The IAQ uses a control board at the indoor unit, where all wired are terminated for the indoor and outdoor units. The three wires to the stat are basically communication wires. The stat sends information to the IAQ board, and the board decides what to do with the unit.
Originally Posted by garya505
I figured it was something like that. The IAQ was my second choice, and would have been my first choice if I couldn't pull new wire. This might be the best solution in this case, and it's a nice thermostat anyway.
Originally Posted by CommtechinVA
Ha ha ha! You called Sears...
Not as lean, not as mean, but I'm still a hardcore, ass-kicking, hard charging Marine! Oohrah!
I just got off the phone with the service guy that is on his way. He agrees that there really should be a wire coming out of the E/W1 on the stat. BUT, he says he is going to move the white wire from (C) on the stat to the (E/W1) terminal. His logic is that my stat has batteries and therefor does not need the Common.
My question is....
Is this a half ass solution? Does this mean that my stat will run solely on batteries? When the common is connected, is it running off of the power from the furnace (DC) that is powered by my house (AC), thus only running off of batteries when the power is out? If my batteries go dead, does that mean I have no heat or air? When I replace my batteries, do I lose all my programming?
Ultimately, should I insist that another wire is run, so I can have 5 wires instead of 4 and power the stat via the house wiring and not the batteries? He will be here in two hours (supposedly)
Hindsight being 20/20 - probably wouldn't do it again, but they had no interest no payments for a year, and the unit has a 10 year warranty. I am hoping that Sears can make it though this economy. I was leary of some of the local shops that came out to give an estimate as I wasn't sure they would be around to do any warranty repairs.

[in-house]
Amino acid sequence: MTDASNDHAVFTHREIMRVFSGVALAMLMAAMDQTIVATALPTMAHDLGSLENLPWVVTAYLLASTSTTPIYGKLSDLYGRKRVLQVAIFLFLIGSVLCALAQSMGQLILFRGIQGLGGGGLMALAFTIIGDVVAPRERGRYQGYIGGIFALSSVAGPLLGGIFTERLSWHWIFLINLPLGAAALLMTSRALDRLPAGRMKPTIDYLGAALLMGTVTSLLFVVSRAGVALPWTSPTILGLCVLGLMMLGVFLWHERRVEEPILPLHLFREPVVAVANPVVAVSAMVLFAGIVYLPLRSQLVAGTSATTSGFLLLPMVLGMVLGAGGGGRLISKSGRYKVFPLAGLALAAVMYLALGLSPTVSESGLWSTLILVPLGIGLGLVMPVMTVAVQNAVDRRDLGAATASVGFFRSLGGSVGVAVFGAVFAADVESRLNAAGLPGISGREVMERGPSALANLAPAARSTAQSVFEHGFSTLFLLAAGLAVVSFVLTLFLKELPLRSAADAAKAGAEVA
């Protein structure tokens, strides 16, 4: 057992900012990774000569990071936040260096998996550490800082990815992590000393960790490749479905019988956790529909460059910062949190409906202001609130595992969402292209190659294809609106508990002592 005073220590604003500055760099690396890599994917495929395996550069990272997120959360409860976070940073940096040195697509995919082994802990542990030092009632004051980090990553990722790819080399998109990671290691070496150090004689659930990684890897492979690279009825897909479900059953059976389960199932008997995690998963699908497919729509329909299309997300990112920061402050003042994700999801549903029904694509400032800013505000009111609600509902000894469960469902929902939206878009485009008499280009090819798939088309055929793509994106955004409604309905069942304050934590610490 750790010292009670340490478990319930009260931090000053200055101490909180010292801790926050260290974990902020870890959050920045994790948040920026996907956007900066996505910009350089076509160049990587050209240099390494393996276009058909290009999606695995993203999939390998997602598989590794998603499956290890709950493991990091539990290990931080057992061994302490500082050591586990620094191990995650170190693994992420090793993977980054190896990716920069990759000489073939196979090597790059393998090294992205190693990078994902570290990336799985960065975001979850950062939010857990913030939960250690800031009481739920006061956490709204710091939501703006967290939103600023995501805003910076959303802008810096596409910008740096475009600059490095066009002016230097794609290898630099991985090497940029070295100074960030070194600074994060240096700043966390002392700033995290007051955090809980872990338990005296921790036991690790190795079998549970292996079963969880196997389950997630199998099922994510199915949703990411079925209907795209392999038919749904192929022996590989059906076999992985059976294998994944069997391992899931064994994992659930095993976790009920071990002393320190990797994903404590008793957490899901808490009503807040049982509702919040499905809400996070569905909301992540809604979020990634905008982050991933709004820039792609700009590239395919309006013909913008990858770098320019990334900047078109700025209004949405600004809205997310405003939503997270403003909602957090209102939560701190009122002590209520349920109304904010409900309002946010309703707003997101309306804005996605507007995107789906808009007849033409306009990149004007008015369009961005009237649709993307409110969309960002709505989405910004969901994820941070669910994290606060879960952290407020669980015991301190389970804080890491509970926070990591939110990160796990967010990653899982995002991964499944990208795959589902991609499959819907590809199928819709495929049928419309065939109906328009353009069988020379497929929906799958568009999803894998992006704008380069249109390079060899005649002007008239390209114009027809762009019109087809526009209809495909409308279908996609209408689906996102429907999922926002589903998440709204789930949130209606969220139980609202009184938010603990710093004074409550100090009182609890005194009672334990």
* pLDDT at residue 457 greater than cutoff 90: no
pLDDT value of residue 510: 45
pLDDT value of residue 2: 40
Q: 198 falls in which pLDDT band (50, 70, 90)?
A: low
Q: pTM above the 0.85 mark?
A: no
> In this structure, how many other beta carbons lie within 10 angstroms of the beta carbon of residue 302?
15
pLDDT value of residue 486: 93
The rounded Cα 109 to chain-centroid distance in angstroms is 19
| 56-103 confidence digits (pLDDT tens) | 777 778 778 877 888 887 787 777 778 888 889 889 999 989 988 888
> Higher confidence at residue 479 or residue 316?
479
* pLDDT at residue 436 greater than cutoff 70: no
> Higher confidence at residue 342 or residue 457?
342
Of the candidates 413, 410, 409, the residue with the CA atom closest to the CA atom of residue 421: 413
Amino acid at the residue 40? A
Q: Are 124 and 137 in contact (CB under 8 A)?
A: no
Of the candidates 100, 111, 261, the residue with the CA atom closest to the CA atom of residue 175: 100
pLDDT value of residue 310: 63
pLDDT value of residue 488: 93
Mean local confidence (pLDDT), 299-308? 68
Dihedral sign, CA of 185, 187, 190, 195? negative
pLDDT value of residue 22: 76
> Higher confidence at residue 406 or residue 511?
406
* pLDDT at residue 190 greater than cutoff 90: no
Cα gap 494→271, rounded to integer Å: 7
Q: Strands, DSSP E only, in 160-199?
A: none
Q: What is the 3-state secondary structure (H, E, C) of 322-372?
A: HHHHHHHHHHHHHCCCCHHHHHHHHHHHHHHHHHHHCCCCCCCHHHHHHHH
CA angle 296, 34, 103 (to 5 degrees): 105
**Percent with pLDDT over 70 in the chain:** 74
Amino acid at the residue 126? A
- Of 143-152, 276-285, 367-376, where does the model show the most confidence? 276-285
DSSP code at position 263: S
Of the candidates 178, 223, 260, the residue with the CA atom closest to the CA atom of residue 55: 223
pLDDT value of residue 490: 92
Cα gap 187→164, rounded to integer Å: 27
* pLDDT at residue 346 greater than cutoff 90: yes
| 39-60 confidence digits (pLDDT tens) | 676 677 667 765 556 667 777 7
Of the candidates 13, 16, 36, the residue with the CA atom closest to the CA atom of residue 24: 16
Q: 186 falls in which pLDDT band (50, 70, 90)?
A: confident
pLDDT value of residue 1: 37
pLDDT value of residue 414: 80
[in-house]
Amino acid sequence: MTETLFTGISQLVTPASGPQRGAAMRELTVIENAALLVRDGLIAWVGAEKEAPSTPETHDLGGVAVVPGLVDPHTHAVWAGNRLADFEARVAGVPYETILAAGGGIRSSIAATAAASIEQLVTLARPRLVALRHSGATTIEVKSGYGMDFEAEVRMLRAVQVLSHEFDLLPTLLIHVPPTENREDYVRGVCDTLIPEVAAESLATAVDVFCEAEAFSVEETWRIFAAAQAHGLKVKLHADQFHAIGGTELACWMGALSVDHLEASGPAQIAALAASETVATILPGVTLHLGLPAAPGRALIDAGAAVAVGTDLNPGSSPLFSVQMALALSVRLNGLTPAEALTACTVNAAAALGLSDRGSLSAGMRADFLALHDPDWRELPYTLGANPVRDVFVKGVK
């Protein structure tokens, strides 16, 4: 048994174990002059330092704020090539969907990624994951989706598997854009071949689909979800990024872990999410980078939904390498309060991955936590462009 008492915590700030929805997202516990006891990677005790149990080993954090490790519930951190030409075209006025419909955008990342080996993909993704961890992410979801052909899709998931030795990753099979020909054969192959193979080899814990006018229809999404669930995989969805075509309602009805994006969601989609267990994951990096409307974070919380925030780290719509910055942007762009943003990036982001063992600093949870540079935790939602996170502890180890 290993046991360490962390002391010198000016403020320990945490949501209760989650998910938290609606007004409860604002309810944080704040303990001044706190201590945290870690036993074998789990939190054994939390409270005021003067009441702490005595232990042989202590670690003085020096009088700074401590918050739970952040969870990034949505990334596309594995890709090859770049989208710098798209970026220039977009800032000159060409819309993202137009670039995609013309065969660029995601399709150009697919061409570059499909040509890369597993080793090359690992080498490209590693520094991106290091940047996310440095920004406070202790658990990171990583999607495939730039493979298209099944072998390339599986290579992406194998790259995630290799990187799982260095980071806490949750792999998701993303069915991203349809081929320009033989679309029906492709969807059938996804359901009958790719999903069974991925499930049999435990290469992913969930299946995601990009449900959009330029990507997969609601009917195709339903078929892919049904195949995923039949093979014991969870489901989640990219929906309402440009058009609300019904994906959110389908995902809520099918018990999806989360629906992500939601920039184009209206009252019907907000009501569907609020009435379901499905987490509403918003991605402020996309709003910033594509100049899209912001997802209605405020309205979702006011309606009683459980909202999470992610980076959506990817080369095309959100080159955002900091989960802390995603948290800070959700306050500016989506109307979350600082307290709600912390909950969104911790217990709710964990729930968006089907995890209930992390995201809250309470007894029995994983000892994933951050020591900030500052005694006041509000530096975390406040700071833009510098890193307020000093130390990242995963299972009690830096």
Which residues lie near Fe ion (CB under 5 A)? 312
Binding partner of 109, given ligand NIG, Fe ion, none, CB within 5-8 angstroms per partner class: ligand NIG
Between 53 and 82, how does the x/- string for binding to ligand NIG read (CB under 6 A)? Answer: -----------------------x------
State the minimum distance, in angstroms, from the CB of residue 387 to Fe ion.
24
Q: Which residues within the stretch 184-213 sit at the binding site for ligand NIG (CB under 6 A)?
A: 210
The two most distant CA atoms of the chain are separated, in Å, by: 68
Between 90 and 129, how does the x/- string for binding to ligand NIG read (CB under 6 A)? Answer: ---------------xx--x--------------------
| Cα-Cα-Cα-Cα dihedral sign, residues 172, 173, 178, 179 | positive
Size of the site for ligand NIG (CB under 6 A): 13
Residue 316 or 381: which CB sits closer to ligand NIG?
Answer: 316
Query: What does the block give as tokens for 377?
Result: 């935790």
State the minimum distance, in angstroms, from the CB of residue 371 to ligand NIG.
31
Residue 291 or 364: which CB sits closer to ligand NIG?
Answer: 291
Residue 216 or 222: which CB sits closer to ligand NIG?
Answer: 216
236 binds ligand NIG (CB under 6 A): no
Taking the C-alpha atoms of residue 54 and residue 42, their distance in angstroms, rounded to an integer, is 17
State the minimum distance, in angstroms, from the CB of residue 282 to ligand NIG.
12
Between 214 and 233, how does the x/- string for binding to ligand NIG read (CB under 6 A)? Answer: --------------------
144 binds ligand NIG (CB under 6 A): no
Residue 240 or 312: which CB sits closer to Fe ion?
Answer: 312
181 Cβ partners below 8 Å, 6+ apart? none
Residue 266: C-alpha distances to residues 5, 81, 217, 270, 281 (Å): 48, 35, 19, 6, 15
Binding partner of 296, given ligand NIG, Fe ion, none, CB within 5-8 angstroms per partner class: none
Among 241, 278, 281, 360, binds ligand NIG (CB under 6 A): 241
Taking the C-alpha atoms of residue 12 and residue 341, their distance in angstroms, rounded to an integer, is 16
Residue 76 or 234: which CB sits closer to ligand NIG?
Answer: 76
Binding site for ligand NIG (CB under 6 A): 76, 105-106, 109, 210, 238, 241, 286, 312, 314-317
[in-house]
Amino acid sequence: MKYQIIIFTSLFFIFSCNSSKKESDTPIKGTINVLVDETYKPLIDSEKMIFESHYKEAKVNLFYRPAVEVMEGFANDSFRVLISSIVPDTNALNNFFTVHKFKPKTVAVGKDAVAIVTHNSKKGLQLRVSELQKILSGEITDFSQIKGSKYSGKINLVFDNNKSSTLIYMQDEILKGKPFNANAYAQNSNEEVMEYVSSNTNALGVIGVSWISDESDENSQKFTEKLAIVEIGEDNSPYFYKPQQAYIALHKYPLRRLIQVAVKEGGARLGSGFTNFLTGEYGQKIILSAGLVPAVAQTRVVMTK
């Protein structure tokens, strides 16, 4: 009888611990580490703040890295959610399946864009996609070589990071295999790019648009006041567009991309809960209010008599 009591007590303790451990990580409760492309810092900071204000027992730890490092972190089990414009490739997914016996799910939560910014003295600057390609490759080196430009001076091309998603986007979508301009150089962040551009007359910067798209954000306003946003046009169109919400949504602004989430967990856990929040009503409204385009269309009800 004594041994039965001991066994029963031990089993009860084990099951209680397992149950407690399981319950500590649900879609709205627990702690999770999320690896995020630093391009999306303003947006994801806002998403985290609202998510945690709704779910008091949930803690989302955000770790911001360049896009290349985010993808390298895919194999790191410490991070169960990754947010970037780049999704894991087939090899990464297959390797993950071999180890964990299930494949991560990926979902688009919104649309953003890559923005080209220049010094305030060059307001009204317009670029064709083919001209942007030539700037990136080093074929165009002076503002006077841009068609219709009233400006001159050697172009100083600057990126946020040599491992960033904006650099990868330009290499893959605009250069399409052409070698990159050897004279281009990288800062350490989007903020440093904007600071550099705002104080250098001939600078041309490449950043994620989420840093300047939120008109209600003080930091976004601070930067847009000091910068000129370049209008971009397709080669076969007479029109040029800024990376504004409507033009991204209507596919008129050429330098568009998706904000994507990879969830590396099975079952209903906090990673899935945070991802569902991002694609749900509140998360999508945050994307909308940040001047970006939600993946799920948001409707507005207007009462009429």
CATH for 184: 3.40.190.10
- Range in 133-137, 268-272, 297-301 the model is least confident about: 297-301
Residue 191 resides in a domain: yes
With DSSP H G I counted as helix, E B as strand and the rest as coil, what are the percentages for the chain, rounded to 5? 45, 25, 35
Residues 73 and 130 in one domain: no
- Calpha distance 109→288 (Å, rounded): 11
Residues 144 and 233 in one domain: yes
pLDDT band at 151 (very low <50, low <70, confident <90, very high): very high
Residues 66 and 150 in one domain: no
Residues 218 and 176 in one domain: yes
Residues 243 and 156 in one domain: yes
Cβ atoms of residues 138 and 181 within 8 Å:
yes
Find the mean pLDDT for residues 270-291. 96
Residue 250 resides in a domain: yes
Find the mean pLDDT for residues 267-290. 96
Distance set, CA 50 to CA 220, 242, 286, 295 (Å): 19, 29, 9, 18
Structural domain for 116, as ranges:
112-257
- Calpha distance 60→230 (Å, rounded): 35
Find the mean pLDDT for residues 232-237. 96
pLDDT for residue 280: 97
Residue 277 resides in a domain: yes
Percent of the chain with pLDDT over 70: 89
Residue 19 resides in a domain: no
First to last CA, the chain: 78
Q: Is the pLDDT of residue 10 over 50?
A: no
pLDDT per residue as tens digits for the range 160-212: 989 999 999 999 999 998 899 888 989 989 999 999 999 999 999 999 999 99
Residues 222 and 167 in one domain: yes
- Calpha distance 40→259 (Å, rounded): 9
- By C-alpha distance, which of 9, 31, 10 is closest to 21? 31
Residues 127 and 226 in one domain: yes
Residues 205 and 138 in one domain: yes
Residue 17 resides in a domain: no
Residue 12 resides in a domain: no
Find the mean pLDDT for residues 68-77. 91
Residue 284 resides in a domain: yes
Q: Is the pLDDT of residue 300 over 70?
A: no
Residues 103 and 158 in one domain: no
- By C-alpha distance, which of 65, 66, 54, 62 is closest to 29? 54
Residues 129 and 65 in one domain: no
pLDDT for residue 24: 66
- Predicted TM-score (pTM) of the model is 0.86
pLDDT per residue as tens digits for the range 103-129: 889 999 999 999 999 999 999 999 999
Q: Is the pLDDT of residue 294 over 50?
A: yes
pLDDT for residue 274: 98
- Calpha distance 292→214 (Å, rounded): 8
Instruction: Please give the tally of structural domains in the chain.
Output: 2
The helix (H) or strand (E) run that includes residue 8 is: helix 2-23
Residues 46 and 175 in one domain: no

Ha ha ha! You called Sears...
Now, had I known that this warranty == headaches - I would have gone with someone else.
Thank you for suggesting the option of changing out the stat and board, but I doubt they will do this since it is a warranty repair, but I will suggest it to the repairman.
What thermostat do you have? If it does "power stealing" to conserve battery life, then yes, your stat will be running on batts and they will go dead much sooner. Of course, with C-stat wired to W-furn, the power stealing may not have worked anyway. BTW, my stat does not require C to work propoerly, but needs it for power stealing to conserve battery life and enable the continuous backlight.
Originally Posted by ualr_jmjones
I suggest you read your contract to see if upgrading your wiring was part of the deal, but I doubt it. I mean, if you were in the business, would you include home wiring upgrades as part of the deal, not knowing what the wiring upgrade would cost to do? I wouldn't. On the other hand, they should have told you up front that they needed to check your wiring to see if it will support the installtion, and if it didn't, tell you what it would cost to upgrade it. If it turns out you need new wire, and they never talked to you about that, I think it would be reasonable to negotiate some sort of deal with Sears to remedy the situation. I mean really, if you needed new wiring they should have told you that BEFORE you accepted the contract.
I really doubt if they would throw in a new programmable stat as part of the deal. Personally (if it was me doing it), if the wiring change doesn't work, and they don't offer to do anything else, I would get a new stat that will run on 4 wires or less. There are other advantages to a stat like the VisionPro IAQ. For example, you can program it to circulate your air when heat/cool are not required, which can help eliminate hot and cold spots in your house. You could also run a humidifier from it.
Oh, and I would negotiate with Sears. The repair guy is probably just a contractor with little authority to give you anything much.